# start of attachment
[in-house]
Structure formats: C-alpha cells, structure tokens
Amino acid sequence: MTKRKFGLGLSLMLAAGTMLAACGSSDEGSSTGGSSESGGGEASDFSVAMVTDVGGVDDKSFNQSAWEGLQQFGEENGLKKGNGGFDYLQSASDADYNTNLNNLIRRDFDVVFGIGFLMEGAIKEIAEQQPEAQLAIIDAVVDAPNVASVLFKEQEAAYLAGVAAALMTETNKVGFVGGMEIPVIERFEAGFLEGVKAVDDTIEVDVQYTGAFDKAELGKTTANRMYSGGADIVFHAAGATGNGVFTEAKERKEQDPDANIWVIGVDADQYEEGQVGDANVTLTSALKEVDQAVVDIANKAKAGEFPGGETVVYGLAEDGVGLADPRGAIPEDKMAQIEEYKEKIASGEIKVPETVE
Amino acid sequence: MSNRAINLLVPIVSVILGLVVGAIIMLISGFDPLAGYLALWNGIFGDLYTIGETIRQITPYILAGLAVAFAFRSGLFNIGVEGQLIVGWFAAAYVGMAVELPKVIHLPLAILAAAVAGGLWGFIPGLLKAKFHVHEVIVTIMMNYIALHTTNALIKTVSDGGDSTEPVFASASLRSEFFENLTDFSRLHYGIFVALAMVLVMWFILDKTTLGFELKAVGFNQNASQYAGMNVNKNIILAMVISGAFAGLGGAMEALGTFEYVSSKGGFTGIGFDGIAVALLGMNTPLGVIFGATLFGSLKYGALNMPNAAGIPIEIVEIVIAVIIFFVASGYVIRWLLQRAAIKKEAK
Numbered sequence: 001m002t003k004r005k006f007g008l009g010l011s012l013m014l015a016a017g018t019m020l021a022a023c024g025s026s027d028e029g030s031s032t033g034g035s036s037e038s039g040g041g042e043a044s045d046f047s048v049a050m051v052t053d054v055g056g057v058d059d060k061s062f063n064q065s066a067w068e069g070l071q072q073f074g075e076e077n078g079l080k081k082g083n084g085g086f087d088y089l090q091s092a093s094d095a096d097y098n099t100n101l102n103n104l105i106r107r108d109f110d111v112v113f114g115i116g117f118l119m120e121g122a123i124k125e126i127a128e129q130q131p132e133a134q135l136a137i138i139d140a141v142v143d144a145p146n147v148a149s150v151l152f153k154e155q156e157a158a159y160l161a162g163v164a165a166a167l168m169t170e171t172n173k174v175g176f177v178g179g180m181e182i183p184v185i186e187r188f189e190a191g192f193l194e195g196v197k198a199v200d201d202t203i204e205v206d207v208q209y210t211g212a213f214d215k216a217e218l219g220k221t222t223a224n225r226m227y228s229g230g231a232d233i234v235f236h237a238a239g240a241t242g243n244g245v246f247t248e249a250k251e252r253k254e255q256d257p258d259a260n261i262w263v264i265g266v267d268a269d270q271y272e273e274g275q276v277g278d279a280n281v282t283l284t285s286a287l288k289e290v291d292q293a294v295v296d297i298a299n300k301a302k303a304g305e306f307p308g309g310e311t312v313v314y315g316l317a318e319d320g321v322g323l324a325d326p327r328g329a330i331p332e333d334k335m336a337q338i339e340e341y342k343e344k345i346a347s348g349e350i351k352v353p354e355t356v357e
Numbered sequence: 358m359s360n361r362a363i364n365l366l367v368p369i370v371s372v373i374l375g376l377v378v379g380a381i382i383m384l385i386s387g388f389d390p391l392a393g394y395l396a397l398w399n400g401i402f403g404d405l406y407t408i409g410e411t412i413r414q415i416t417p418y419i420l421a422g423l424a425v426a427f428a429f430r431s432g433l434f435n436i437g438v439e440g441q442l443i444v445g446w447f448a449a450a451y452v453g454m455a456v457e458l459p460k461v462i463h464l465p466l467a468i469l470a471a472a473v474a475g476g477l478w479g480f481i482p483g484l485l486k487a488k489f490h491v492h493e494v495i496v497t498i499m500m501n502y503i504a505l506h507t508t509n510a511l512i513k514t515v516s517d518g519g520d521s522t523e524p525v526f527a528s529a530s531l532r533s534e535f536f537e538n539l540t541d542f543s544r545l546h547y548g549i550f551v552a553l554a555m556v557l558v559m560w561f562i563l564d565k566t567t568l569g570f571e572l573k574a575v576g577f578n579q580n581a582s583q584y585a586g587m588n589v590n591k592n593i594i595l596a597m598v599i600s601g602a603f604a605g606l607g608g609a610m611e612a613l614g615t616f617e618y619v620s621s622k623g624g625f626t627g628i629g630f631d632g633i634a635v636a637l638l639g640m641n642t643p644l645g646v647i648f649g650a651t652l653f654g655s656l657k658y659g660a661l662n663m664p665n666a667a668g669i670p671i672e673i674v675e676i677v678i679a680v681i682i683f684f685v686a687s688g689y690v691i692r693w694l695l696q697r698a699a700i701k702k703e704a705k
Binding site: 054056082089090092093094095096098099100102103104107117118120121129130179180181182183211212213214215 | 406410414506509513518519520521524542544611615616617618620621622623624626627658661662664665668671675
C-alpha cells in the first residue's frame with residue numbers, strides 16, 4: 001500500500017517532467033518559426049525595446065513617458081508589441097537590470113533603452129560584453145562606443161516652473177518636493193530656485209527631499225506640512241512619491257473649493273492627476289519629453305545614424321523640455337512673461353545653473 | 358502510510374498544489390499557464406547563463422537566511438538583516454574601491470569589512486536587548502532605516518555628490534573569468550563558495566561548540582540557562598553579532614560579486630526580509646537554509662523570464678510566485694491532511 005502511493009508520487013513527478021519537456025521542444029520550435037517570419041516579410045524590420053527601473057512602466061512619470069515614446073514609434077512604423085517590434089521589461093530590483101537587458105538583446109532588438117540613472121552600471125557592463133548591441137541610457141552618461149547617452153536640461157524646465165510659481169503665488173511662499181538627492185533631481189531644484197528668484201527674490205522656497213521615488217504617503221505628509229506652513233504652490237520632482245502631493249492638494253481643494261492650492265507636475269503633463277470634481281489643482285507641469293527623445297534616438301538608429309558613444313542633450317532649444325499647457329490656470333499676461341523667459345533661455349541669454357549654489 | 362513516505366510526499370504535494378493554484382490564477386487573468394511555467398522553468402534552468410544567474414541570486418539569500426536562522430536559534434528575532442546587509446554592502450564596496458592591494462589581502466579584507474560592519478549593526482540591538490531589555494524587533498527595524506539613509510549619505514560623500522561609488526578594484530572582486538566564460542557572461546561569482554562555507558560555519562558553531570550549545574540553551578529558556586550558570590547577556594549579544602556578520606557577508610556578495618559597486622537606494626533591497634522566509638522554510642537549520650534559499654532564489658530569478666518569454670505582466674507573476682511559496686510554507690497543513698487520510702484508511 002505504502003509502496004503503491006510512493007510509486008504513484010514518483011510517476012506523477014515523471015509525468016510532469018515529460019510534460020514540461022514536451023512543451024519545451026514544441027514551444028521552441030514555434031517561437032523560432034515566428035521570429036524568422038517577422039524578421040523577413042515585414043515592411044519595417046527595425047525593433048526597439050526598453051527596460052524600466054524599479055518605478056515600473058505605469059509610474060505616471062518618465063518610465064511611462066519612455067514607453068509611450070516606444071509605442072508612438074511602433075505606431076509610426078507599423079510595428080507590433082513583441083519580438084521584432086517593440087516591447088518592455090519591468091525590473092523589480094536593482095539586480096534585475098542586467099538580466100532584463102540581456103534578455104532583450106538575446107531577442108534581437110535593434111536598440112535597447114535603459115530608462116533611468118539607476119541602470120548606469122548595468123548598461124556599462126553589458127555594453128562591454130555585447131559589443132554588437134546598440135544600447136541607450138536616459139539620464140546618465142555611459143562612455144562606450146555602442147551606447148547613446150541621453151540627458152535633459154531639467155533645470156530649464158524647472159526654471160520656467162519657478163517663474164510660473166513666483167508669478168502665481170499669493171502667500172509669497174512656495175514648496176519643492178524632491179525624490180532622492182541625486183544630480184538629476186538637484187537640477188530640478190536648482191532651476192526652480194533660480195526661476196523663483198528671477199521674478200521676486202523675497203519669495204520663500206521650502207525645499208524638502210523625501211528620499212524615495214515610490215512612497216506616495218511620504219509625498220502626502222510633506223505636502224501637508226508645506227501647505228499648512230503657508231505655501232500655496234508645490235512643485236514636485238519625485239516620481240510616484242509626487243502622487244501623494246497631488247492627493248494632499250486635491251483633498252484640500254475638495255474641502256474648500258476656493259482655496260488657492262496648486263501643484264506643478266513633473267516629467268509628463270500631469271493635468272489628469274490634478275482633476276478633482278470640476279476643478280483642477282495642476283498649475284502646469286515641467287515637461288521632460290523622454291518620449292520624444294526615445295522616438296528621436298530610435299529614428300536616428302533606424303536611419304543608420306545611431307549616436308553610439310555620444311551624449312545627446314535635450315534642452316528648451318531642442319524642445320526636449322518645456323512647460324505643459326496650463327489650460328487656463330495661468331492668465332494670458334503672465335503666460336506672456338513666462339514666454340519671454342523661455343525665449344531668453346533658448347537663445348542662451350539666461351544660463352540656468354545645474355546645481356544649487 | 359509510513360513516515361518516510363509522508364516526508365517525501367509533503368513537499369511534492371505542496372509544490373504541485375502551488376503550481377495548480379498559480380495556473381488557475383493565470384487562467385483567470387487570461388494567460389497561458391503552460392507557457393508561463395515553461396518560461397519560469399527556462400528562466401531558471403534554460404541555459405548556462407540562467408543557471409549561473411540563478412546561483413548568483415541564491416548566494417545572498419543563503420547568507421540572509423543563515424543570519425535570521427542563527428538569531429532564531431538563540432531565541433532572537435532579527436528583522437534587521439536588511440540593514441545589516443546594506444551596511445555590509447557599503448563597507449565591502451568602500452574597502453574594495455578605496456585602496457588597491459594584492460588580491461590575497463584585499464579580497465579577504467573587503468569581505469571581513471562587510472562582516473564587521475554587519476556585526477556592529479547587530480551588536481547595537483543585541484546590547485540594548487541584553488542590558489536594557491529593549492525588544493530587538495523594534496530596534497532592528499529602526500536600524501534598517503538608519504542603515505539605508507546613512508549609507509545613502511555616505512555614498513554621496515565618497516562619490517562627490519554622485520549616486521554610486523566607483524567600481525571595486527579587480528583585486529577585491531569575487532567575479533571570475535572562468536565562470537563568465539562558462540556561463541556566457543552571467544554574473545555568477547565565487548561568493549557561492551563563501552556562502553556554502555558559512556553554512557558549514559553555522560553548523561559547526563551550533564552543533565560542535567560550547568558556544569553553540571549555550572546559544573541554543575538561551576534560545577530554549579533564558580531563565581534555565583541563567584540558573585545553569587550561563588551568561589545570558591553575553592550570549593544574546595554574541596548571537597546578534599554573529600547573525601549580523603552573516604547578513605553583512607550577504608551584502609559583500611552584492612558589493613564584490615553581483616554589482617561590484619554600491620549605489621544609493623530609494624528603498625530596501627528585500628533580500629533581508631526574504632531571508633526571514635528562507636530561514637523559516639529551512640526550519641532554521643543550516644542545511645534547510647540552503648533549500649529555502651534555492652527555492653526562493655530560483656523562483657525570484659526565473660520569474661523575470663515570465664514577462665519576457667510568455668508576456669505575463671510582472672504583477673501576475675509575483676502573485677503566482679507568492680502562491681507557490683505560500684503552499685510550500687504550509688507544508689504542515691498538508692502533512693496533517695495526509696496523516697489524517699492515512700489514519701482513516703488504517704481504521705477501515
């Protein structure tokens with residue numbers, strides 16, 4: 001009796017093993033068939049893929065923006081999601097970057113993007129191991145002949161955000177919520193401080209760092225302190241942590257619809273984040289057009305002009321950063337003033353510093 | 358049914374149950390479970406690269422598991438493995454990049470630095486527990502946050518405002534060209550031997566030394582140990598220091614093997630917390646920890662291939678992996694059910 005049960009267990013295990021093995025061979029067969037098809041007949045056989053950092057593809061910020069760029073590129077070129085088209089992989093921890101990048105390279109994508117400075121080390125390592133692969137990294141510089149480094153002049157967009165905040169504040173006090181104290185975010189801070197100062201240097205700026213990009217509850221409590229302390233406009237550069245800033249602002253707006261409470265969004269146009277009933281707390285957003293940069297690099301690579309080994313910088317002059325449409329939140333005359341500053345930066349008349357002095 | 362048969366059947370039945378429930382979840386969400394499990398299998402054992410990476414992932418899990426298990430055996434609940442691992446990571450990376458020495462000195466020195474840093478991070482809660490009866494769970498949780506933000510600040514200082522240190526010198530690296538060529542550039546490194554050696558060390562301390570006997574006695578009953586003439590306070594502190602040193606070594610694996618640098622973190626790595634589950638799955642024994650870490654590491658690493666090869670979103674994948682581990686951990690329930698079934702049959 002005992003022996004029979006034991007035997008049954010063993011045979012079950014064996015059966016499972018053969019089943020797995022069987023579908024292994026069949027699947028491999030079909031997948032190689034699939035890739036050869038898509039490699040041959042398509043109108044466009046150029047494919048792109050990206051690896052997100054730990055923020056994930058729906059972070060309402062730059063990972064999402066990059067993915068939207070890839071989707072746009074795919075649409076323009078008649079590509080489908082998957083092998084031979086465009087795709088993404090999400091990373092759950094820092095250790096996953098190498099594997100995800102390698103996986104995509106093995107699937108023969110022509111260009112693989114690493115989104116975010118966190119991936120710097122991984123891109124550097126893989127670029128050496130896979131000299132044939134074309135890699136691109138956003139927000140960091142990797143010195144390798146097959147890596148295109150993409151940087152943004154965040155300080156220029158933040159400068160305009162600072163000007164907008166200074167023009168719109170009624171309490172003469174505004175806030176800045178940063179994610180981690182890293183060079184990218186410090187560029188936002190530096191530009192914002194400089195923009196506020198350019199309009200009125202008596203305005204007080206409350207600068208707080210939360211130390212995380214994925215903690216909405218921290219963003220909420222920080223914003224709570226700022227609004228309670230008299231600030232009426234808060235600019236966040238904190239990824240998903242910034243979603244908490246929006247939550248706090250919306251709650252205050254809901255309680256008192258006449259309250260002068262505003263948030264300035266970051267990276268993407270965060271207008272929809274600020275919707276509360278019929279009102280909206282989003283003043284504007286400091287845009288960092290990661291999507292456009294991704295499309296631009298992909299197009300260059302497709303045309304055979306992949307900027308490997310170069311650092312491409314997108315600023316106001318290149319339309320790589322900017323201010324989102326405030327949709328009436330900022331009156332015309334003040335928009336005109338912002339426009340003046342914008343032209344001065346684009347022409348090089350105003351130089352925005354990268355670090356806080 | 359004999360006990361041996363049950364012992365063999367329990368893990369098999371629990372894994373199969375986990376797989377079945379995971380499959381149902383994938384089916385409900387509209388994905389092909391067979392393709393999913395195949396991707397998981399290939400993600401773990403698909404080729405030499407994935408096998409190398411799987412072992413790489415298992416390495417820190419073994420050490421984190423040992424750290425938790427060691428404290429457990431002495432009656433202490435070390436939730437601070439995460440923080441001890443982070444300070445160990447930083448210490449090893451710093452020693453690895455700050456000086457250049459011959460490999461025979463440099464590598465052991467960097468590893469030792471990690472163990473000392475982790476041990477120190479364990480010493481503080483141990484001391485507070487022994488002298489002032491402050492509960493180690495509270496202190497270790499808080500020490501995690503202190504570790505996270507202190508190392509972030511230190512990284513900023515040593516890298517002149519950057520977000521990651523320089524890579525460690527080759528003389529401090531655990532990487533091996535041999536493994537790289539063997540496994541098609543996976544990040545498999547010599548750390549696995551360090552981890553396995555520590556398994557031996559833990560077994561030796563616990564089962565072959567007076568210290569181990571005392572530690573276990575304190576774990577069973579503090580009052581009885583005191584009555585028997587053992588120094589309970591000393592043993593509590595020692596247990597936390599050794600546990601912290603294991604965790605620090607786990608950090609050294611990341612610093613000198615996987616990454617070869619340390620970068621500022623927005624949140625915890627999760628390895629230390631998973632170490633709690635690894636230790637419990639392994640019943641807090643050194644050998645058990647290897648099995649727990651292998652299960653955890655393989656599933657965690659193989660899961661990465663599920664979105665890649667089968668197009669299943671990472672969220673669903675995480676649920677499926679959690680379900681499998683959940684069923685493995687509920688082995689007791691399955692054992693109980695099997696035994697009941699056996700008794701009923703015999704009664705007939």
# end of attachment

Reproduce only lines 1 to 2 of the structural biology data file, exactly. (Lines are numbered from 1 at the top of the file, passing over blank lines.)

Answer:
[in-house]
Structure formats: C-alpha cells, structure tokens